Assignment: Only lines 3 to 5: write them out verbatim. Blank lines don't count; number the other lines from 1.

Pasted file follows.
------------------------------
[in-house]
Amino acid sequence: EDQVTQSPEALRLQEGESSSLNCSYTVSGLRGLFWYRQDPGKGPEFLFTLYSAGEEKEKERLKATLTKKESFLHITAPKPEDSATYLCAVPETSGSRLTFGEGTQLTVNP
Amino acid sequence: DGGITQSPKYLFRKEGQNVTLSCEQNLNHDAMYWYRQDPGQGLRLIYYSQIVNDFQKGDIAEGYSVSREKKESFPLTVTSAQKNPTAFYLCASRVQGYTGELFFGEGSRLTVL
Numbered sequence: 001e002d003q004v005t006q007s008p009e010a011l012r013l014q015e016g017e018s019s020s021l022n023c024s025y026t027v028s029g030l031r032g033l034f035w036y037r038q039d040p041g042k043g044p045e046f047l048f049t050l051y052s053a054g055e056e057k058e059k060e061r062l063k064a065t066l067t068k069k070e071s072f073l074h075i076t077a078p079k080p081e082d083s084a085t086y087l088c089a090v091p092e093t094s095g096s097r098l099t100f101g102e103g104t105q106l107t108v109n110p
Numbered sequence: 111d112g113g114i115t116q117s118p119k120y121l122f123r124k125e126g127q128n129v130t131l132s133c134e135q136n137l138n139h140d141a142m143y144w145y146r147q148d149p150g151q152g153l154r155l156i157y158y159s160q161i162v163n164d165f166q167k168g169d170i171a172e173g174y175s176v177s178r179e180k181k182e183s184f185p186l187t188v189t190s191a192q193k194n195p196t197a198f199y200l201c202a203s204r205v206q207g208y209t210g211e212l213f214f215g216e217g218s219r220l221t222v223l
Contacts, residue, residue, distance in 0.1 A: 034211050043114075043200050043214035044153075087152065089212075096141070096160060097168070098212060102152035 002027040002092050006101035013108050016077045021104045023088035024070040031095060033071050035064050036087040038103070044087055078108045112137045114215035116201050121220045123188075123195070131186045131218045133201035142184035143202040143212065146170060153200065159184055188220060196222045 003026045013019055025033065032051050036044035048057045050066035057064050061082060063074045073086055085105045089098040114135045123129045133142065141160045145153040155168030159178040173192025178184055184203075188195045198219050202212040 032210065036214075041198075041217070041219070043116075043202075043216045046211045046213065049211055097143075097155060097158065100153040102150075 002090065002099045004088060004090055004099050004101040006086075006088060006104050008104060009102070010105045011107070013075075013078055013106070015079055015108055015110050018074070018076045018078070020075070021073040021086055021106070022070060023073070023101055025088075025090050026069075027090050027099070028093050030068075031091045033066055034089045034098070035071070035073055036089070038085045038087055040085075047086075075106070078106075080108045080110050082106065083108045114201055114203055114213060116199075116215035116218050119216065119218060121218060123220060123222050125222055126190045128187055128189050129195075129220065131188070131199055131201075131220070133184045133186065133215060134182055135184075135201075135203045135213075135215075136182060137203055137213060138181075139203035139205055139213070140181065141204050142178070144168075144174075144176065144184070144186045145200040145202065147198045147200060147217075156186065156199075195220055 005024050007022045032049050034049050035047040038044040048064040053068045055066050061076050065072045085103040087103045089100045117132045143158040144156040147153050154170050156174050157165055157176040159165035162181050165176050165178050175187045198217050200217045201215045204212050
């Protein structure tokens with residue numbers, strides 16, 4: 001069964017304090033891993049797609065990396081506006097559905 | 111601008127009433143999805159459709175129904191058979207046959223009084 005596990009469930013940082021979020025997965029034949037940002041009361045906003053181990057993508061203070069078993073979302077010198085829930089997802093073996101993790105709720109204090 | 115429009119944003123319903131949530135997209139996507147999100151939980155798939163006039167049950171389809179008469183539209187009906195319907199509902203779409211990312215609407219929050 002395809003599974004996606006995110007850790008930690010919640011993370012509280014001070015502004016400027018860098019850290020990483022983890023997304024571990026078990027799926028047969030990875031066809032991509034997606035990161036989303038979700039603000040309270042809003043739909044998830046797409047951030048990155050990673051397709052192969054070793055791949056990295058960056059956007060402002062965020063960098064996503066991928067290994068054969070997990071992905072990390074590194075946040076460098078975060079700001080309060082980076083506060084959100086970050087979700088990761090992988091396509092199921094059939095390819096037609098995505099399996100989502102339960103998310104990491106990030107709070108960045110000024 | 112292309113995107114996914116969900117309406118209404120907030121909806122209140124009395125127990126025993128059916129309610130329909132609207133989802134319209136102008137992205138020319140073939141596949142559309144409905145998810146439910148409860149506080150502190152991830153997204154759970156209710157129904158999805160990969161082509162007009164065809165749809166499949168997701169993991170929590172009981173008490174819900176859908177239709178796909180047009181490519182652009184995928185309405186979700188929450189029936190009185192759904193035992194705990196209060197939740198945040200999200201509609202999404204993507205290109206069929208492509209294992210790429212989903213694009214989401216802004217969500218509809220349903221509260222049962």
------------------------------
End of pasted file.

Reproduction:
Amino acid sequence: DGGITQSPKYLFRKEGQNVTLSCEQNLNHDAMYWYRQDPGQGLRLIYYSQIVNDFQKGDIAEGYSVSREKKESFPLTVTSAQKNPTAFYLCASRVQGYTGELFFGEGSRLTVL
Numbered sequence: 001e002d003q004v005t006q007s008p009e010a011l012r013l014q015e016g017e018s019s020s021l022n023c024s025y026t027v028s029g030l031r032g033l034f035w036y037r038q039d040p041g042k043g044p045e046f047l048f049t050l051y052s053a054g055e056e057k058e059k060e061r062l063k064a065t066l067t068k069k070e071s072f073l074h075i076t077a078p079k080p081e082d083s084a085t086y087l088c089a090v091p092e093t094s095g096s097r098l099t100f101g102e103g104t105q106l107t108v109n110p
Numbered sequence: 111d112g113g114i115t116q117s118p119k120y121l122f123r124k125e126g127q128n129v130t131l132s133c134e135q136n137l138n139h140d141a142m143y144w145y146r147q148d149p150g151q152g153l154r155l156i157y158y159s160q161i162v163n164d165f166q167k168g169d170i171a172e173g174y175s176v177s178r179e180k181k182e183s184f185p186l187t188v189t190s191a192q193k194n195p196t197a198f199y200l201c202a203s204r205v206q207g208y209t210g211e212l213f214f215g216e217g218s219r220l221t222v223l